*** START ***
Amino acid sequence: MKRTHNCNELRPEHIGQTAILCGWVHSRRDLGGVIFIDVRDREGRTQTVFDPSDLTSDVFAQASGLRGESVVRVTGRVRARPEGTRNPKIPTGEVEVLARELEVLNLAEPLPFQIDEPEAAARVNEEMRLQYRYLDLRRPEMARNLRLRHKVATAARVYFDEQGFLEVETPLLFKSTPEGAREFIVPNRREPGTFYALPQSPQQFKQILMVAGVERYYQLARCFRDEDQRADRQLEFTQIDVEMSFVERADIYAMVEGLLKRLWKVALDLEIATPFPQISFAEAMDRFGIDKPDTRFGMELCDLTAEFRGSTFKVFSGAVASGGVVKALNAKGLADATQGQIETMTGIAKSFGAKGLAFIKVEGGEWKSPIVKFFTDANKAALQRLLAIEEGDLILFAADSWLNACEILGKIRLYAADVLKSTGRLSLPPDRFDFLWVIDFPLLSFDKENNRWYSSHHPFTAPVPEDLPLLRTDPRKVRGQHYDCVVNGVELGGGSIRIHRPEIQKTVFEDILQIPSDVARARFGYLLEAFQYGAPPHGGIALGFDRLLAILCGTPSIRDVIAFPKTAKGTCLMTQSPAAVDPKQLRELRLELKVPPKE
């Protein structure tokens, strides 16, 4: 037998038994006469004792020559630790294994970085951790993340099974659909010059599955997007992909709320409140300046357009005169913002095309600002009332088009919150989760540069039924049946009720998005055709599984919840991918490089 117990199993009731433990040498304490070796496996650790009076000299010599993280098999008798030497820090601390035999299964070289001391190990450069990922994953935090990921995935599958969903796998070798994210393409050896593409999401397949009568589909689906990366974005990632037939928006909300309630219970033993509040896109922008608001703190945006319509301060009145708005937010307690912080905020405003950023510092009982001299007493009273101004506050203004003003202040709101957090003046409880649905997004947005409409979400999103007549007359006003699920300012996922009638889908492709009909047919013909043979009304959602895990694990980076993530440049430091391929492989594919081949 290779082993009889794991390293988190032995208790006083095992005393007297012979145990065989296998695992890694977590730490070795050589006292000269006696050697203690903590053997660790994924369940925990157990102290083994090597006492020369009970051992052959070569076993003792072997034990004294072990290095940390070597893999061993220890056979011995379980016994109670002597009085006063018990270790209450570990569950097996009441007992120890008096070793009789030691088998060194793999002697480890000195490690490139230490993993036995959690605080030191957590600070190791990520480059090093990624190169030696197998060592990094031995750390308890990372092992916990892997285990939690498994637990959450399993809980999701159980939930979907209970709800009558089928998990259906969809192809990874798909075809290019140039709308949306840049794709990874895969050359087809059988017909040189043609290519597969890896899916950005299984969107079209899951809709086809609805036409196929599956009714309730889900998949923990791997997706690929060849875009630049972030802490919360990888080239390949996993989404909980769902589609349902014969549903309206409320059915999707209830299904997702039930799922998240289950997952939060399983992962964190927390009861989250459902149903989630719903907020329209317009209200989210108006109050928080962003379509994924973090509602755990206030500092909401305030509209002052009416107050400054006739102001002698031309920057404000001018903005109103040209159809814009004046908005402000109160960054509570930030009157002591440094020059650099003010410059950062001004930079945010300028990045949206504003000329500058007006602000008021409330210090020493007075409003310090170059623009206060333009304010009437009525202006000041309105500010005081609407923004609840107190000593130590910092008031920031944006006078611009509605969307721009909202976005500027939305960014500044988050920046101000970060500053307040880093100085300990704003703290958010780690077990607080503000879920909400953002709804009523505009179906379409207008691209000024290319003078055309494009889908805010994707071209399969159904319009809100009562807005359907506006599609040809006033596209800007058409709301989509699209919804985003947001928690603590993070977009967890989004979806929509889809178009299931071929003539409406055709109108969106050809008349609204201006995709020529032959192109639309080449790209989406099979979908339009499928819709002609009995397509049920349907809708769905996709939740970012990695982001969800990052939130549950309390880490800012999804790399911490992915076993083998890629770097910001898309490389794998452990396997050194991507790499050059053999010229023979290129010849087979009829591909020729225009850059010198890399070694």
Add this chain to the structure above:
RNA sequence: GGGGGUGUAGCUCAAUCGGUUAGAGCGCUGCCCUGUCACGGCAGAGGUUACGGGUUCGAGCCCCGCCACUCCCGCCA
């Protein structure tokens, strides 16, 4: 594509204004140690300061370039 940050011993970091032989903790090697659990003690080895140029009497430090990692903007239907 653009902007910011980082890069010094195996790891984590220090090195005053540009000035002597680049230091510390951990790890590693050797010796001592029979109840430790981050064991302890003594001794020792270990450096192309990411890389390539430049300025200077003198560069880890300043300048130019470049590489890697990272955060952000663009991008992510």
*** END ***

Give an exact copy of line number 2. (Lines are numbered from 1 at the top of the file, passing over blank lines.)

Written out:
């Protein structure tokens, strides 16, 4: 037998038994006469004792020559630790294994970085951790993340099974659909010059599955997007992909709320409140300046357009005169913002095309600002009332088009919150989760540069039924049946009720998005055709599984919840991918490089 117990199993009731433990040498304490070796496996650790009076000299010599993280098999008798030497820090601390035999299964070289001391190990450069990922994953935090990921995935599958969903796998070798994210393409050896593409999401397949009568589909689906990366974005990632037939928006909300309630219970033993509040896109922008608001703190945006319509301060009145708005937010307690912080905020405003950023510092009982001299007493009273101004506050203004003003202040709101957090003046409880649905997004947005409409979400999103007549007359006003699920300012996922009638889908492709009909047919013909043979009304959602895990694990980076993530440049430091391929492989594919081949 290779082993009889794991390293988190032995208790006083095992005393007297012979145990065989296998695992890694977590730490070795050589006292000269006696050697203690903590053997660790994924369940925990157990102290083994090597006492020369009970051992052959070569076993003792072997034990004294072990290095940390070597893999061993220890056979011995379980016994109670002597009085006063018990270790209450570990569950097996009441007992120890008096070793009789030691088998060194793999002697480890000195490690490139230490993993036995959690605080030191957590600070190791990520480059090093990624190169030696197998060592990094031995750390308890990372092992916990892997285990939690498994637990959450399993809980999701159980939930979907209970709800009558089928998990259906969809192809990874798909075809290019140039709308949306840049794709990874895969050359087809059988017909040189043609290519597969890896899916950005299984969107079209899951809709086809609805036409196929599956009714309730889900998949923990791997997706690929060849875009630049972030802490919360990888080239390949996993989404909980769902589609349902014969549903309206409320059915999707209830299904997702039930799922998240289950997952939060399983992962964190927390009861989250459902149903989630719903907020329209317009209200989210108006109050928080962003379509994924973090509602755990206030500092909401305030509209002052009416107050400054006739102001002698031309920057404000001018903005109103040209159809814009004046908005402000109160960054509570930030009157002591440094020059650099003010410059950062001004930079945010300028990045949206504003000329500058007006602000008021409330210090020493007075409003310090170059623009206060333009304010009437009525202006000041309105500010005081609407923004609840107190000593130590910092008031920031944006006078611009509605969307721009909202976005500027939305960014500044988050920046101000970060500053307040880093100085300990704003703290958010780690077990607080503000879920909400953002709804009523505009179906379409207008691209000024290319003078055309494009889908805010994707071209399969159904319009809100009562807005359907506006599609040809006033596209800007058409709301989509699209919804985003947001928690603590993070977009967890989004979806929509889809178009299931071929003539409406055709109108969106050809008349609204201006995709020529032959192109639309080449790209989406099979979908339009499928819709002609009995397509049920349907809708769905996709939740970012990695982001969800990052939130549950309390880490800012999804790399911490992915076993083998890629770097910001898309490389794998452990396997050194991507790499050059053999010229023979290129010849087979009829591909020729225009850059010198890399070694």